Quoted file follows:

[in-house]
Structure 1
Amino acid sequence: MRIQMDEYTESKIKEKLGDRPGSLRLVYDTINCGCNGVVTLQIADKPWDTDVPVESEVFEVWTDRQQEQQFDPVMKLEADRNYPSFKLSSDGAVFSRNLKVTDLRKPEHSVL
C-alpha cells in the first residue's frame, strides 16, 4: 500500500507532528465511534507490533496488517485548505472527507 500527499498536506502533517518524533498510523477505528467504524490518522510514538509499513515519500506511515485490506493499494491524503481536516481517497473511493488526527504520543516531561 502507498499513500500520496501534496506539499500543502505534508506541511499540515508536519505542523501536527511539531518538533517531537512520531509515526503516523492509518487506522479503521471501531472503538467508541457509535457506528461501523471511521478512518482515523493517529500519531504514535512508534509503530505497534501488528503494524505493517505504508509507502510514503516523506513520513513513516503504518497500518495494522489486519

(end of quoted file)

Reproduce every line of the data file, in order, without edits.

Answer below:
[in-house]
Structure 1
Amino acid sequence: MRIQMDEYTESKIKEKLGDRPGSLRLVYDTINCGCNGVVTLQIADKPWDTDVPVESEVFEVWTDRQQEQQFDPVMKLEADRNYPSFKLSSDGAVFSRNLKVTDLRKPEHSVL
C-alpha cells in the first residue's frame, strides 16, 4: 500500500507532528465511534507490533496488517485548505472527507 500527499498536506502533517518524533498510523477505528467504524490518522510514538509499513515519500506511515485490506493499494491524503481536516481517497473511493488526527504520543516531561 502507498499513500500520496501534496506539499500543502505534508506541511499540515508536519505542523501536527511539531518538533517531537512520531509515526503516523492509518487506522479503521471501531472503538467508541457509535457506528461501523471511521478512518482515523493517529500519531504514535512508534509503530505497534501488528503494524505493517505504508509507502510514503516523506513520513513513516503504518497500518495494522489486519